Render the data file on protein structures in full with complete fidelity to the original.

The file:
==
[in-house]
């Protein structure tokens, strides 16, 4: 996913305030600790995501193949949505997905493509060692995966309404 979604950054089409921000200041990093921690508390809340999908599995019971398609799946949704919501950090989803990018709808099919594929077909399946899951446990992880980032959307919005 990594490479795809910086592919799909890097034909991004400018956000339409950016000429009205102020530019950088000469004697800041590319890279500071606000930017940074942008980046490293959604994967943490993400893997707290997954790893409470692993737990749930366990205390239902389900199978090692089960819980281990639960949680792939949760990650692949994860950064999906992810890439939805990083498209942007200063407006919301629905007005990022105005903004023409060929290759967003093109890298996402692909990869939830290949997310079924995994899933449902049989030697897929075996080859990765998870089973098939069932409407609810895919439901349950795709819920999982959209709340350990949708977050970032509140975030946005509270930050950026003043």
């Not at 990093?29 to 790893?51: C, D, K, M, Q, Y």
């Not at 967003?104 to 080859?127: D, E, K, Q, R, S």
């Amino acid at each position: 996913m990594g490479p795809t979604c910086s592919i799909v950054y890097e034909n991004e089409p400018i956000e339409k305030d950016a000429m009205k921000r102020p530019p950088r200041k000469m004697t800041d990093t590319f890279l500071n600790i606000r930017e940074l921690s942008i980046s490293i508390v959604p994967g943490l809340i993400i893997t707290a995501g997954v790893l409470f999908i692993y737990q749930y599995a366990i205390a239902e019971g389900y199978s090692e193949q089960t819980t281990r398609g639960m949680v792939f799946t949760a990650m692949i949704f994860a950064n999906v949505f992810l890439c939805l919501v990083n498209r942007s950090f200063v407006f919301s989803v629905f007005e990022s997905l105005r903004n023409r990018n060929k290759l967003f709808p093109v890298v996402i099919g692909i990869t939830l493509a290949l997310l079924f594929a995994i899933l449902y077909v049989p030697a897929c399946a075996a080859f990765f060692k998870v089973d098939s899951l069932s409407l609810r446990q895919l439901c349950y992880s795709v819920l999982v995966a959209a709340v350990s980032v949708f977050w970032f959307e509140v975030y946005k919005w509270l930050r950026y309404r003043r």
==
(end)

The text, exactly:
[in-house]
């Protein structure tokens, strides 16, 4: 996913305030600790995501193949949505997905493509060692995966309404 979604950054089409921000200041990093921690508390809340999908599995019971398609799946949704919501950090989803990018709808099919594929077909399946899951446990992880980032959307919005 990594490479795809910086592919799909890097034909991004400018956000339409950016000429009205102020530019950088000469004697800041590319890279500071606000930017940074942008980046490293959604994967943490993400893997707290997954790893409470692993737990749930366990205390239902389900199978090692089960819980281990639960949680792939949760990650692949994860950064999906992810890439939805990083498209942007200063407006919301629905007005990022105005903004023409060929290759967003093109890298996402692909990869939830290949997310079924995994899933449902049989030697897929075996080859990765998870089973098939069932409407609810895919439901349950795709819920999982959209709340350990949708977050970032509140975030946005509270930050950026003043």
């Not at 990093?29 to 790893?51: C, D, K, M, Q, Y």
């Not at 967003?104 to 080859?127: D, E, K, Q, R, S």
């Amino acid at each position: 996913m990594g490479p795809t979604c910086s592919i799909v950054y890097e034909n991004e089409p400018i956000e339409k305030d950016a000429m009205k921000r102020p530019p950088r200041k000469m004697t800041d990093t590319f890279l500071n600790i606000r930017e940074l921690s942008i980046s490293i508390v959604p994967g943490l809340i993400i893997t707290a995501g997954v790893l409470f999908i692993y737990q749930y599995a366990i205390a239902e019971g389900y199978s090692e193949q089960t819980t281990r398609g639960m949680v792939f799946t949760a990650m692949i949704f994860a950064n999906v949505f992810l890439c939805l919501v990083n498209r942007s950090f200063v407006f919301s989803v629905f007005e990022s997905l105005r903004n023409r990018n060929k290759l967003f709808p093109v890298v996402i099919g692909i990869t939830l493509a290949l997310l079924f594929a995994i899933l449902y077909v049989p030697a897929c399946a075996a080859f990765f060692k998870v089973d098939s899951l069932s409407l609810r446990q895919l439901c349950y992880s795709v819920l999982v995966a959209a709340v350990s980032v949708f977050w970032f959307e509140v975030y946005k919005w509270l930050r950026y309404r003043r």